I love photography, especially nature, wildlife, and landscape photography. When I post my pictures on Facebook, friends comment on how they love them, and say I’m a good photographer. But I mustn’t take that too seriously. I know and follow some really good photographers, and I’m very average compared to them. My friends may not be aware of this comparison, but I am. All is relative.

When I took the standard IQ test on entering college, my score was pretty high and it made me feel good. I do consider myself to be fairly smart, and I do meet people I think are not as smart as I am. But I’ve also met plenty of people, and heard of many others, that are much smarter. There are other people whose smartness is in a different league than mine. Bill Gates, Elon Musk, Fareed Zakaria, Neil deGrasse Tyson, Barack Obama, Charlie Rose, David Remnick, many others. All is relative.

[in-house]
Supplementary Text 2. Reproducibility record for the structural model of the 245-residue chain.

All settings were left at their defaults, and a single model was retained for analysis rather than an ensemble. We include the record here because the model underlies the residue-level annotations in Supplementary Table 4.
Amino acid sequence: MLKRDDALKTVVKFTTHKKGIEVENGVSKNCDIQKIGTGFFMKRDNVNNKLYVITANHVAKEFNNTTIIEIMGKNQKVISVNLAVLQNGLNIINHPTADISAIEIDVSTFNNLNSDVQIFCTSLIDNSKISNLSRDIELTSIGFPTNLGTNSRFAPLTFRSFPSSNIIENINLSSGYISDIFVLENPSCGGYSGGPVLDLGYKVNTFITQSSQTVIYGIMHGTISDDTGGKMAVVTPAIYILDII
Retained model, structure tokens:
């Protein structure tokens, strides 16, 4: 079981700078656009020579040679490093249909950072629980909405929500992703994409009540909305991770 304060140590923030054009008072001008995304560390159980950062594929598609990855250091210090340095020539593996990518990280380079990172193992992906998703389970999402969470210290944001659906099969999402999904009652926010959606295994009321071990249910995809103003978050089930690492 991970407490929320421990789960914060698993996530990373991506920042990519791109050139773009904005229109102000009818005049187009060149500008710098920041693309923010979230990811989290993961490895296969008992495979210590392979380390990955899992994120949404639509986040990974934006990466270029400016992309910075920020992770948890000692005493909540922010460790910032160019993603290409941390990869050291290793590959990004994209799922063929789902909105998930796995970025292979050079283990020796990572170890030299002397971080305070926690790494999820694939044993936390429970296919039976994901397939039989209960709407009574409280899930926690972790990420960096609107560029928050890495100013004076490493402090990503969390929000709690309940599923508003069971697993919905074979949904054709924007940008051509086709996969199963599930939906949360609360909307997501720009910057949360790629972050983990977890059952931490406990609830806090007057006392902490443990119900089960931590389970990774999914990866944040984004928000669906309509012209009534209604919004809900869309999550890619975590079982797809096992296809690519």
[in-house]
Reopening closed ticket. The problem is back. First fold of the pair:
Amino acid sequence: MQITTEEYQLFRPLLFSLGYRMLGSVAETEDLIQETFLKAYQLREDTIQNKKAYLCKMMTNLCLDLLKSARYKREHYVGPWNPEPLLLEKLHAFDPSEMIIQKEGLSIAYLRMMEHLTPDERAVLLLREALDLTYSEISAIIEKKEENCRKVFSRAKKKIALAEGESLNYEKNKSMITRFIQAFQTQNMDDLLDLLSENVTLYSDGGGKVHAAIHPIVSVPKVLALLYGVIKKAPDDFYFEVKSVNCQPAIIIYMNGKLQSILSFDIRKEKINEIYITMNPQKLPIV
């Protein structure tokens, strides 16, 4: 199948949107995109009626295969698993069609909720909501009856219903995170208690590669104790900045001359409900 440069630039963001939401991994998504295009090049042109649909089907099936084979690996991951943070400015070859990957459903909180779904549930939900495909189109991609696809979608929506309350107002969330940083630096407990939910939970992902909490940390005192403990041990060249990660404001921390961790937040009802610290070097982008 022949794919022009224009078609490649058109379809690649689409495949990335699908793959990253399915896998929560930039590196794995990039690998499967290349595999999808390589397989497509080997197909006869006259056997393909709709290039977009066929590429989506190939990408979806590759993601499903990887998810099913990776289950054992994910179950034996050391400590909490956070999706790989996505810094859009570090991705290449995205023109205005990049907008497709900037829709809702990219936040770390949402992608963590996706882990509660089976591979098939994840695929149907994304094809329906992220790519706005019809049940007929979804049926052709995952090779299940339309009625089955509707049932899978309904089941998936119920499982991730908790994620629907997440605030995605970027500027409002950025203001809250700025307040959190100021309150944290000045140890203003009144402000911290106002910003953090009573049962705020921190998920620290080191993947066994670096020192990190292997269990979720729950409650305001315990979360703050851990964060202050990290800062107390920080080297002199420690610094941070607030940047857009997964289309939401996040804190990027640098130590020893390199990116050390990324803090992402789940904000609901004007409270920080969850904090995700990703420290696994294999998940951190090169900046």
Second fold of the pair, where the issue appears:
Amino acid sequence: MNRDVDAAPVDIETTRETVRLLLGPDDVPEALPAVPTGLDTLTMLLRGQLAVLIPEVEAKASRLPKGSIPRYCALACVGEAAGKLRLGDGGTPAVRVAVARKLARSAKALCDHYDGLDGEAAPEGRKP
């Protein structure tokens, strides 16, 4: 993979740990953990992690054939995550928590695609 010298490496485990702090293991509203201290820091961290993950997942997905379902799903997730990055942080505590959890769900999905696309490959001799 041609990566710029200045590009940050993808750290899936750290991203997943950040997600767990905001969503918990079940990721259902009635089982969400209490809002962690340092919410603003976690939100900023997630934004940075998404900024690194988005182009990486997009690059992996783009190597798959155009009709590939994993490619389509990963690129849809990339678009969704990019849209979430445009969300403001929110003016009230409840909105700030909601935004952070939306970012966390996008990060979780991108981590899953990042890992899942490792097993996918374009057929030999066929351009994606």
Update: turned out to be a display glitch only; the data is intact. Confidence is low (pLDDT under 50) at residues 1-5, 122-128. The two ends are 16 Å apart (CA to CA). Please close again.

There are two approaches we can take to this relativity. On the one hand, we can try to keep ourselves in situations where we compare favorably, as many do. We can flaunt those easy comparisons to make ourselves feel good. We can avoid situations where we might be compared unfavorably, keeping in the spotlight and avoiding any shadows. Play to our fans and avoid any critics.

On the other hand, we can deliberately do the opposite. We can seek the company of people who are smarter than us, faster than us, better spoken and better looking, better dressed, whatever all the “betters” are. We can learn to be comfortable in situations where we look up to others, and use the comparisons to learn better ways, and to motivate ourselves toward improvement.

You see, it’s always better for me to swim with the faster swimmers, feel challenged and inadequate, and struggle to keep up, than to swim easy with slower swimmers and feel superior. If I can, I want to rub shoulders with some of those really smart people and watch them perform.